One morning last month I saw something I hadn't seen in awhile. It's been over a year and I kind of missed seeing it. What was this marvelous sight you ask? My breath. With the succession of chilly mornings here it's becoming a more common sight. I mean we are in the midst of an African winter here ya know! Even though the mornings start out cool, once the sun comes up, it gets hot in a hurry! But as soon as the sun drops again, it is cold! Our family is currently engaging in an ongoing debate over whether we should break down and buy a heater or not. The discussion continues.
|The new field is on the brink of full scale production.|
Harvest is just in the very beginning stages. The amount of berries gathered by the ladies will slowly increase until we are in full production again August through November. This will be our family's second Zambian harvest season.
|First fruits gathered from the new farm.|
Meet Cowboy. (sorry for the bad pic) Erik has introduced Gift to the old time cowboy of the Wild West. The stories have captured his imagination and he showed up for work one day with this hat. A new nickname was born. Here Cowboy puts up shade netting for gooseberries.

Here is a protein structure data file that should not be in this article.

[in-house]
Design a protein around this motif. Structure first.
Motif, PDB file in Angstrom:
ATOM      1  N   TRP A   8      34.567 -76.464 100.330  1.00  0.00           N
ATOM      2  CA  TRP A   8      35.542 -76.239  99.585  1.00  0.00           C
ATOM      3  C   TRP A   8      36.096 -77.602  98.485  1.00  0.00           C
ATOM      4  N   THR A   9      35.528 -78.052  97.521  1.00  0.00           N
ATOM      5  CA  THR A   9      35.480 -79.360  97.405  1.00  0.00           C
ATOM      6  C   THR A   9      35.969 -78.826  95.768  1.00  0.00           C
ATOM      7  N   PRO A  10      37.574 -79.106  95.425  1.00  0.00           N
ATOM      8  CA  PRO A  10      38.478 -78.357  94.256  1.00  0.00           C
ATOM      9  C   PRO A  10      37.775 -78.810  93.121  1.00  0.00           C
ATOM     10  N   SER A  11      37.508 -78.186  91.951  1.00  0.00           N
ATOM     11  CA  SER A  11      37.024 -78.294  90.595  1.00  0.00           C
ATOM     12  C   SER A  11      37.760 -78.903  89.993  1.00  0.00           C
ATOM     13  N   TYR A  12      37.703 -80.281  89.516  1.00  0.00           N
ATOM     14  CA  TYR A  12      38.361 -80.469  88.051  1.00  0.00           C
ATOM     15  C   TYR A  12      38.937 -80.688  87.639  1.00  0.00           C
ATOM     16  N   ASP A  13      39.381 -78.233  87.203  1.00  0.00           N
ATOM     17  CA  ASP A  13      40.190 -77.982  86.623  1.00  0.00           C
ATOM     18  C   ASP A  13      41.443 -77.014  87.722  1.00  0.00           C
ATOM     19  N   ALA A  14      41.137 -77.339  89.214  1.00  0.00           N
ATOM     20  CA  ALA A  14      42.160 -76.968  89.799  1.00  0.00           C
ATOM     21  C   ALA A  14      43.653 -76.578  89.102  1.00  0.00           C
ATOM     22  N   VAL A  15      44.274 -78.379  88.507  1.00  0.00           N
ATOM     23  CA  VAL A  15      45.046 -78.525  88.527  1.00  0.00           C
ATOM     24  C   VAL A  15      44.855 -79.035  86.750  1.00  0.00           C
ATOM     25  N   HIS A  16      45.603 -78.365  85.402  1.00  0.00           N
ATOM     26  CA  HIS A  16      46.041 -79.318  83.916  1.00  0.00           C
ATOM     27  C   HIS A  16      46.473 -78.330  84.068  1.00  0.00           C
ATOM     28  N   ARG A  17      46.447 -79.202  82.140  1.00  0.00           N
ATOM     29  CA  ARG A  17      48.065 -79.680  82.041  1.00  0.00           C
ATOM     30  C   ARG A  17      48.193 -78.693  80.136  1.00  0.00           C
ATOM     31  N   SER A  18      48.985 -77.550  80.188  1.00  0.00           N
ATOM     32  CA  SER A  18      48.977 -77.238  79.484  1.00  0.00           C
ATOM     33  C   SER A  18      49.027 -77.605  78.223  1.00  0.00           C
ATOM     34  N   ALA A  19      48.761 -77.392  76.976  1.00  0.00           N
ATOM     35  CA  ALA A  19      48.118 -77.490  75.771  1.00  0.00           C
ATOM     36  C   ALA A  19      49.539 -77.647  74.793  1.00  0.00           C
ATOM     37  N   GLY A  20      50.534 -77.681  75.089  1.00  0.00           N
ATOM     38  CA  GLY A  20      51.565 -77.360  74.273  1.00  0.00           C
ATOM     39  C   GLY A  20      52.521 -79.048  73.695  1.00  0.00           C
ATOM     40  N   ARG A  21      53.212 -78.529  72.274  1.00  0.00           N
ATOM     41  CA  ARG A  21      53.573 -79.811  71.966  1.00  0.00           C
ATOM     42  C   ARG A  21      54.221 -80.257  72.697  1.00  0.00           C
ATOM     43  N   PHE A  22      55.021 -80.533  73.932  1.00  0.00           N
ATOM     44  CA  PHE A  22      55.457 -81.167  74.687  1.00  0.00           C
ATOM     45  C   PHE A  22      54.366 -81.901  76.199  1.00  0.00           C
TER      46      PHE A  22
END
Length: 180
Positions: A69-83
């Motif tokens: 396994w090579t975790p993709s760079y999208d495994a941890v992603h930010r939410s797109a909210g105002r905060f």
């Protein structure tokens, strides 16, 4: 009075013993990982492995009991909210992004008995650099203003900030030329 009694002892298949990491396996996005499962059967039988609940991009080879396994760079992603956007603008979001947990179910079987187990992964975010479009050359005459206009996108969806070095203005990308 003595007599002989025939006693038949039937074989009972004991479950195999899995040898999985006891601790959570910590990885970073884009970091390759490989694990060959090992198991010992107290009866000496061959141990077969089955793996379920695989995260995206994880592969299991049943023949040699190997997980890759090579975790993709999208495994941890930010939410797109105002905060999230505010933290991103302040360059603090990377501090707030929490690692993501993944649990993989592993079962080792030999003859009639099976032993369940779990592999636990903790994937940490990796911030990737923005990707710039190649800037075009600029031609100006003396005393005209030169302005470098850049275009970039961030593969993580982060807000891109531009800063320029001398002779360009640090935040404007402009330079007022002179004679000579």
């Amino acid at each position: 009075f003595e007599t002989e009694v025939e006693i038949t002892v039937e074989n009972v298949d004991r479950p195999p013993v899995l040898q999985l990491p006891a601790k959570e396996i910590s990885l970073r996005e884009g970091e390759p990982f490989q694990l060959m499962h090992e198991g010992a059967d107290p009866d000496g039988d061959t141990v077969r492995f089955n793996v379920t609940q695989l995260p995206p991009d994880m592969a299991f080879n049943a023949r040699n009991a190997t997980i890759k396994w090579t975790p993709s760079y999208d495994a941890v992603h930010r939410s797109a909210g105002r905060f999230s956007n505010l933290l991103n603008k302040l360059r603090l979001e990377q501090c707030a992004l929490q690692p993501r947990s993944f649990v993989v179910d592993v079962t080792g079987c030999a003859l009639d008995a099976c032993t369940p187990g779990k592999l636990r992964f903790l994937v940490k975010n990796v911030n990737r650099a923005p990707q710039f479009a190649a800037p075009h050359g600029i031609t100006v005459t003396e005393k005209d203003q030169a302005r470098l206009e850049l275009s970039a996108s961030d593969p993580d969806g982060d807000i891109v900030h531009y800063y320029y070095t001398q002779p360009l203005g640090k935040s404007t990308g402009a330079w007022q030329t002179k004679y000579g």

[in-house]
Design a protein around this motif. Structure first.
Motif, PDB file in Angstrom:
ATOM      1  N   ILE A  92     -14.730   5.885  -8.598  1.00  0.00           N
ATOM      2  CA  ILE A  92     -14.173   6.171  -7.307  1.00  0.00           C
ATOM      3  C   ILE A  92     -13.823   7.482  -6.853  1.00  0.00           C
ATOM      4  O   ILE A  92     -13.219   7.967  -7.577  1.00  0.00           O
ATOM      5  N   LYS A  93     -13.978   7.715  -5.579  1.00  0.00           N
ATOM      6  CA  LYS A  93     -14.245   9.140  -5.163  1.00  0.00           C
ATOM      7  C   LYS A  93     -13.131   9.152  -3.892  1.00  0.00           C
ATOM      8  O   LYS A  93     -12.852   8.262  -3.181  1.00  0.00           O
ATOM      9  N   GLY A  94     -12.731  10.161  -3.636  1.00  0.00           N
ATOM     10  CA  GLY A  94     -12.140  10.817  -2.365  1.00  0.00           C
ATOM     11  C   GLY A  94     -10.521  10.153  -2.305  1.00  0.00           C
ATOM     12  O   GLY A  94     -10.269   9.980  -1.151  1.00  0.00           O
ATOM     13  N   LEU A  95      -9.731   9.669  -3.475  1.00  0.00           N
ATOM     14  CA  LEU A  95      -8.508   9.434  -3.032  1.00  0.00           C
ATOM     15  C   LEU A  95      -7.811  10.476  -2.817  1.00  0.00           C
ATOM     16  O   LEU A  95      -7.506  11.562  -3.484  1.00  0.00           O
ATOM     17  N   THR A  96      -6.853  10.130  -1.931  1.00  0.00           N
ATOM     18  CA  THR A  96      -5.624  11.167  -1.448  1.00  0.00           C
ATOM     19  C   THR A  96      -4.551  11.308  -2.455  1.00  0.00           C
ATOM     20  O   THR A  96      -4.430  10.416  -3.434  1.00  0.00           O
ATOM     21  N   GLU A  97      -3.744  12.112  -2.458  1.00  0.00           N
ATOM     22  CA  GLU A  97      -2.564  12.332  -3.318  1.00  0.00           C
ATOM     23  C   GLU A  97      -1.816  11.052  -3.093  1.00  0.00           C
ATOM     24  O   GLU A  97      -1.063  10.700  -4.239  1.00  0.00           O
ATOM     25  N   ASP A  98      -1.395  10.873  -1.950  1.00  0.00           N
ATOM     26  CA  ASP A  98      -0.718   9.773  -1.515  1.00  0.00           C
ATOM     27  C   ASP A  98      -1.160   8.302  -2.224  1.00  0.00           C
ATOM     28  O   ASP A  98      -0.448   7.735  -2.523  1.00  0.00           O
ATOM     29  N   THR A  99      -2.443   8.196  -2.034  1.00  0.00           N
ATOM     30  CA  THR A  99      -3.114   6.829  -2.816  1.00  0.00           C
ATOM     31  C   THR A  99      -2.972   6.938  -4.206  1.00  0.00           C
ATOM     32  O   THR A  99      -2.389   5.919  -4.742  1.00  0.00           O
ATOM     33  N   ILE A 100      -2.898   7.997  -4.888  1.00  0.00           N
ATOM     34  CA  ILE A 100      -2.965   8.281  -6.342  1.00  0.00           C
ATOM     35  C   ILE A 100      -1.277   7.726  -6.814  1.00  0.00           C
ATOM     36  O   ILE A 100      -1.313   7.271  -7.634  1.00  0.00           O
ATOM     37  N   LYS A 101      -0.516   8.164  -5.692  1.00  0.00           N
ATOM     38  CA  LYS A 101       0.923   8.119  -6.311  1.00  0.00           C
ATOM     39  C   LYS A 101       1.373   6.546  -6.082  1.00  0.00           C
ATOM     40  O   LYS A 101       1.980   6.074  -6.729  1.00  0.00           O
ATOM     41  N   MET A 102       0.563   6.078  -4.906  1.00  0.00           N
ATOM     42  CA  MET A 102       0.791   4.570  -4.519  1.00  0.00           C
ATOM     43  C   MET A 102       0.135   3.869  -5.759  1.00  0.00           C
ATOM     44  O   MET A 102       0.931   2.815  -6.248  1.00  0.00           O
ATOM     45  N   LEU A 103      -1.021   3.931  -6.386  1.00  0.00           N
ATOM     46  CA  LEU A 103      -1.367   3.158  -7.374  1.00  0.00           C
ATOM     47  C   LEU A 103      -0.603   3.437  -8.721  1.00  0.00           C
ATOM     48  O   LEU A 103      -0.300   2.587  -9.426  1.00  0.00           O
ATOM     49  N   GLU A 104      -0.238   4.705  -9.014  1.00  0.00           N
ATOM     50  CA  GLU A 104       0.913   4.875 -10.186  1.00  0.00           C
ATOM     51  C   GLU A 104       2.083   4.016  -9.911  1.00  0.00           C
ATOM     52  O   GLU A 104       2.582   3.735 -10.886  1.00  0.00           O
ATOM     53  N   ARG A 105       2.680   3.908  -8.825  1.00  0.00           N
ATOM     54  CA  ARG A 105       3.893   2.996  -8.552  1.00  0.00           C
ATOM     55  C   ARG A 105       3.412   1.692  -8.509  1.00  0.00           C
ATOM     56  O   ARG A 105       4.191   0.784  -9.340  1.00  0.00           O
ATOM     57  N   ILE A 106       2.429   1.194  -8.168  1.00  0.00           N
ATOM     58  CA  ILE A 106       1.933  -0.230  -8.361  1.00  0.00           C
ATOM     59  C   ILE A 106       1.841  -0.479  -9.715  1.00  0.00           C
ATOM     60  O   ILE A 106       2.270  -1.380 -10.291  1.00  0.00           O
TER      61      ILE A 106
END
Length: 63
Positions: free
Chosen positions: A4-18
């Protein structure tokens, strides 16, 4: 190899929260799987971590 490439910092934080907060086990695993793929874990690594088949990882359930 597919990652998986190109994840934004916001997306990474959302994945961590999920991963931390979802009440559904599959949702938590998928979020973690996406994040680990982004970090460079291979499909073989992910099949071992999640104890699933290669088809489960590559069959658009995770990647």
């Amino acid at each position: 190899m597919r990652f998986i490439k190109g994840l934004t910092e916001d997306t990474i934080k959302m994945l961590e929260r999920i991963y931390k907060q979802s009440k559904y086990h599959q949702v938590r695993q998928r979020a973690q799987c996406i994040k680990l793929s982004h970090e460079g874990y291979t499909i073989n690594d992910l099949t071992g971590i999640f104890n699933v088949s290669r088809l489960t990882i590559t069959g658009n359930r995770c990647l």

Trellis blackberries. And irrigate, irrigate, irrigate because it's dry season again.
Plant new gooseberry fields.
Study human anatomy. Make cool snacks that reflect what you are studying.
Catch frogs in the orange orchard. Lots of frogs, like 30 or so. In 1 hour.
Build a toolshed
Decide to raise pigs in the backyard. I knew Erik wouldn't be able to live much longer without raising some sort of animal in the backyard.
Have a berry consultant visit the farm and scout your fields. Thanks to Brian Windsor (from South Africa) for his time and expertise to our Lifesong family.
Taste the berries that are coming on quicker and heavier daily!
Fish in the reservoir. Check to see if the tilapia we added have gotten any bigger.
Laugh like crazy when you go in to town and see trucks loaded with chickens drive over speed bumps and potholes.
Learn a new language.
Gain valuable cultural experience. Smile while doing so. Larissa told me she has been dying to carry home a chicken in a plastic sack since we moved to Zambia. The farm ladies told me today that I wasn't a good wife unless I could kill a chicken in 5 minutes without it making a sound. (too bad for Erik, huh?)
Cover up tight in the cold winter mornings of Zambia
Try to keep cool in the hot winter afternoons of Zambia.